Date Approved

2011

Degree Type

Open Access Dissertation

Degree Name

Doctor of Education (EdD)

Department

Leadership and Counseling

Committee Member

William Price, PhD, Chair

Committee Member

James Berry, EdD

Committee Member

Jaclynn Tracy, PhD

Abstract

Most of the studies on student achievement gaps involve the Black-White achievement gap due to the availability of significant sample populations in order to draw scientific conclusions from the analysis of the student achievement data. However, there are few empirical quantitative studies that analyze a similar gap in achievement between the Native American student and their White cohort. Such studies have been limited due to a small and isolated Native American population in regions across the nation. In Michigan, less than 1% of the student population in the schools is Native American. This study identified 20 select school districts (both urban and rural) in the state of Michigan where the total student population was 26,659 and 4,388 (16.5%) were Native American. School districts in the study were selected based on a total Native American population greater than 50. A large scale quantitative study analyzed the financial status, student assessment, socioeconomic status, and special education rates of the selected districts to determine the presence of a significant achievement gap over a period from 2008 to 2011. The sample population in the study involved disaggregation of data by school district, school buildings, grade, subgroup population, core subject areas assessed by the state (Michigan Educational Assessment Program and Michigan Merit Exam), and socioeconomic status. An analysis of the variance that existed between the Native American cohort and White cohort was performed using a t-test measure with significance at p < .05. The key findings from this study indicate the presence of an achievement gap between Native American student assessments on state measures and those of their White peer group. Statistical significance between the two subgroups was commonly represented when comparing students scoring in the top level category of proficiency on the assessment measures. There is a strong correlation with student performance and socioeconomic factors as demonstrated through correlation analysis of free and reduced lunch eligibility and state performance ranking of the school building. An inconsistent lower identification of Native American students who are receiving special education services was also demonstrated when compared to their White peer group.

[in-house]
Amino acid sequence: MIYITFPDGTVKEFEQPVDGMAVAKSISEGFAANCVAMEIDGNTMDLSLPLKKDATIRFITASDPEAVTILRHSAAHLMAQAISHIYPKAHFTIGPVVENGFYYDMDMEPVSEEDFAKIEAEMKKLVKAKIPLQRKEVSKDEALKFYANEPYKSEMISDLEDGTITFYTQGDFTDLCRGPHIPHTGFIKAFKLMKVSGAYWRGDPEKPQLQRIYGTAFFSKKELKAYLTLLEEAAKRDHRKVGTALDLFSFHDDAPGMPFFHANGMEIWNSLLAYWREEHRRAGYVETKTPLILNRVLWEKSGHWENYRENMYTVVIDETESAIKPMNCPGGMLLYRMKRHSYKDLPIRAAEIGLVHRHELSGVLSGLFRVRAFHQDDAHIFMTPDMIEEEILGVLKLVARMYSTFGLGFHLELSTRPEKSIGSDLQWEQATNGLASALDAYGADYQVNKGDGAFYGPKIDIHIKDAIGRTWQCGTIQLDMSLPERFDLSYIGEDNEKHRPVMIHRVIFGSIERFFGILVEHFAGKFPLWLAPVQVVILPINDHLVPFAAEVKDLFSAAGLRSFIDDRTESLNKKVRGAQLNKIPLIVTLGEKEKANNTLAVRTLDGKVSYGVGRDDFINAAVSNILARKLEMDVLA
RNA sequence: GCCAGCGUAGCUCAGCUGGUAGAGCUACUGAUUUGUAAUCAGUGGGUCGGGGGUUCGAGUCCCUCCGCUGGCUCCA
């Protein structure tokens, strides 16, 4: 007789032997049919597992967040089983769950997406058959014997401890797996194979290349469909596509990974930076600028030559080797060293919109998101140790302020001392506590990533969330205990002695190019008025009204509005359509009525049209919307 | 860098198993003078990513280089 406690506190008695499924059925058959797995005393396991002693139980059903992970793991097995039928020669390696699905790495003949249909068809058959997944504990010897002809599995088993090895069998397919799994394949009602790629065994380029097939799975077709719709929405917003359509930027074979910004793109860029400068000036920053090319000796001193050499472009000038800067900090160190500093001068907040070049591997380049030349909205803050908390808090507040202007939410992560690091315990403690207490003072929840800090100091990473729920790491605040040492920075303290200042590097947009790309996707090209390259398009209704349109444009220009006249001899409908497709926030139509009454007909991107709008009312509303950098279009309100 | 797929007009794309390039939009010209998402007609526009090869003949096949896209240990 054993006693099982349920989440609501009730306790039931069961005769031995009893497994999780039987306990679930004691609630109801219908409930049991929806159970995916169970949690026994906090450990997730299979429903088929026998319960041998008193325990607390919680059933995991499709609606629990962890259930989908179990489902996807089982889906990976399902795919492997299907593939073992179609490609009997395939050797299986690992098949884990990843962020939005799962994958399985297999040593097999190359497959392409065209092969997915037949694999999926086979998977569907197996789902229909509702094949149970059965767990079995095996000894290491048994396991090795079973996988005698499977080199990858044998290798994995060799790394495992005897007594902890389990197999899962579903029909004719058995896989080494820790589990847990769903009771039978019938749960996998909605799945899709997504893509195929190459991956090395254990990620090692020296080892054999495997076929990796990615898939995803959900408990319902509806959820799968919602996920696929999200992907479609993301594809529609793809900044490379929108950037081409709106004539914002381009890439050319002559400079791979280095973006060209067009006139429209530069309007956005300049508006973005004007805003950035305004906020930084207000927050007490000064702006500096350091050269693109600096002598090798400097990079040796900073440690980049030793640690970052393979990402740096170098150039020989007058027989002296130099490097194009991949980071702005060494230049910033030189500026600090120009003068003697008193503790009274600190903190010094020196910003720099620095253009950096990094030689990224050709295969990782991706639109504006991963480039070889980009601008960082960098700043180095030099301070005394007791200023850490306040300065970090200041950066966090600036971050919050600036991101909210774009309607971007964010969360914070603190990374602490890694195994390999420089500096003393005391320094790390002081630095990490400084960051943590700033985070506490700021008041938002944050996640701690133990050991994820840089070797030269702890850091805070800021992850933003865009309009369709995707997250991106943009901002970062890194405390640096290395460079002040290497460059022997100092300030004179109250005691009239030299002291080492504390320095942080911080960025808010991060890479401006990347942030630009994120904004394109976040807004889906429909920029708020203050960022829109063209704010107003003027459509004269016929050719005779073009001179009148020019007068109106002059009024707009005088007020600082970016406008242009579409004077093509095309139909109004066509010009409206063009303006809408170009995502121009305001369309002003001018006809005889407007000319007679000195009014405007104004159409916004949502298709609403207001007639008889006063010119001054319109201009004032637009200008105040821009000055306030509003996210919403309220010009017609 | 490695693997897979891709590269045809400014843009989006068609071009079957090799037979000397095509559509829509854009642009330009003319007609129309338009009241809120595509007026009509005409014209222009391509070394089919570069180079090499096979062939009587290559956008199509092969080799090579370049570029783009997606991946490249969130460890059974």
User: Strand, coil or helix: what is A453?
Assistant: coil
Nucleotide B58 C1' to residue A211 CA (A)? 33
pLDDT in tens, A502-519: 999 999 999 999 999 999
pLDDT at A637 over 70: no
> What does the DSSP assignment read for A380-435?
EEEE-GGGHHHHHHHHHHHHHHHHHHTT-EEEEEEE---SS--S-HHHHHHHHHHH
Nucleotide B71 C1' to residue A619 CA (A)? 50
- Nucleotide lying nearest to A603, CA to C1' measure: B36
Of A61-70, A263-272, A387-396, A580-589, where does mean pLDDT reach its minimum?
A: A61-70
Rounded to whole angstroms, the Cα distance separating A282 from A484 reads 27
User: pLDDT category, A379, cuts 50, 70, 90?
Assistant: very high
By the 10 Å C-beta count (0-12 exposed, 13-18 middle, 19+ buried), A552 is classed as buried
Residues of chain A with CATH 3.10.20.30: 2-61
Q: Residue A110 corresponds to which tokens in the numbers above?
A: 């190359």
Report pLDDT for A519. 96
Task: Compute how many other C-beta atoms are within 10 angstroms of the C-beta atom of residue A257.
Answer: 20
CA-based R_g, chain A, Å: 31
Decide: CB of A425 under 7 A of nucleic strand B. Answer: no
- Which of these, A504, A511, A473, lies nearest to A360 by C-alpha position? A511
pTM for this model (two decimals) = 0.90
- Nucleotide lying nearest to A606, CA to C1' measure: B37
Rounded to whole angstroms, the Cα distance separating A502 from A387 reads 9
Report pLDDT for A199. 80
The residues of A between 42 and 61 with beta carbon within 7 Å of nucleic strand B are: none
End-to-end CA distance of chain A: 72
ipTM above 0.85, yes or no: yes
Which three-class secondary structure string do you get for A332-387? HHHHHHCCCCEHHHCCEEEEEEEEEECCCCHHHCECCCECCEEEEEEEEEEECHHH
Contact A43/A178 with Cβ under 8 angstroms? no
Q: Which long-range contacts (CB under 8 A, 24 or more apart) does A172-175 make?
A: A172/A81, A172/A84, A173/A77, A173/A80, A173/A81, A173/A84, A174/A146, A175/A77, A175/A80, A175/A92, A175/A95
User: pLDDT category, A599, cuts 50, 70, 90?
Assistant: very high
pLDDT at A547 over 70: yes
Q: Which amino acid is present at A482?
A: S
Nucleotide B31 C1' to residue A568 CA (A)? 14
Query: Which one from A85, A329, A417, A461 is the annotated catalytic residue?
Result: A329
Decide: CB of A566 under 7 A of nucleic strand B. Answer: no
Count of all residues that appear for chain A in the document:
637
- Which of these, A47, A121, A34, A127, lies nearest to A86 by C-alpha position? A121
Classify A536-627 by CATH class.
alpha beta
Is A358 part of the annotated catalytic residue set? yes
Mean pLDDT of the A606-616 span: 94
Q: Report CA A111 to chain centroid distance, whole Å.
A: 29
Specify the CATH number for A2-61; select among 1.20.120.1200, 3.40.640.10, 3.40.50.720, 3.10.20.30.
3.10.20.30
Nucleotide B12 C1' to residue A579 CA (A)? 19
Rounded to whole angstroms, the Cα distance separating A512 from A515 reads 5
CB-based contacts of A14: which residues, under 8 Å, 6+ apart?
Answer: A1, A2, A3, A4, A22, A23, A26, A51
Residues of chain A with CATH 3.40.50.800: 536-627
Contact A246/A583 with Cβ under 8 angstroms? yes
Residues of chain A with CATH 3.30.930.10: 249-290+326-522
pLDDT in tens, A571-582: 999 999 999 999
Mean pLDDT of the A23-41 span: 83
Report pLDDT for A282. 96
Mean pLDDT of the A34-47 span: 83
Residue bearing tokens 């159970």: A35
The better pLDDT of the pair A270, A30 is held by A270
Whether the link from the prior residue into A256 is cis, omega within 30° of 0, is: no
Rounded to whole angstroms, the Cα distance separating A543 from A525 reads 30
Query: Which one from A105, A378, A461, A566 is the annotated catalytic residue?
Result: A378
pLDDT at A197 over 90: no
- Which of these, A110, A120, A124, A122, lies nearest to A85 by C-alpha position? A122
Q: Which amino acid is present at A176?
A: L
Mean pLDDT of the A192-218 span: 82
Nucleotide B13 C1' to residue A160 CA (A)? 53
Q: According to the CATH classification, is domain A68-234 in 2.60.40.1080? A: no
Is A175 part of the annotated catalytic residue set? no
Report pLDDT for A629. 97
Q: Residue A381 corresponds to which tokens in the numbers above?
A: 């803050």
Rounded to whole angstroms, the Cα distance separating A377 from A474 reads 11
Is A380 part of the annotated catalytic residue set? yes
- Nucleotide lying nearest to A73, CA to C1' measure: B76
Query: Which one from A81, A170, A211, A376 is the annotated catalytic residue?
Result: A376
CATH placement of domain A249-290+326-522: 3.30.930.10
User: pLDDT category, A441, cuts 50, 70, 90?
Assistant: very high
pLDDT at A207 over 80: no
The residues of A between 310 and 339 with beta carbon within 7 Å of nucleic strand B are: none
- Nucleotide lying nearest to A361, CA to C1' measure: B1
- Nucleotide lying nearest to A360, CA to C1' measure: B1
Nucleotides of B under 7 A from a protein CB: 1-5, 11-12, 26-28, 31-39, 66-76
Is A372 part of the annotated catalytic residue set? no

Comments

Additional committee member: Derrick Fries, PhD

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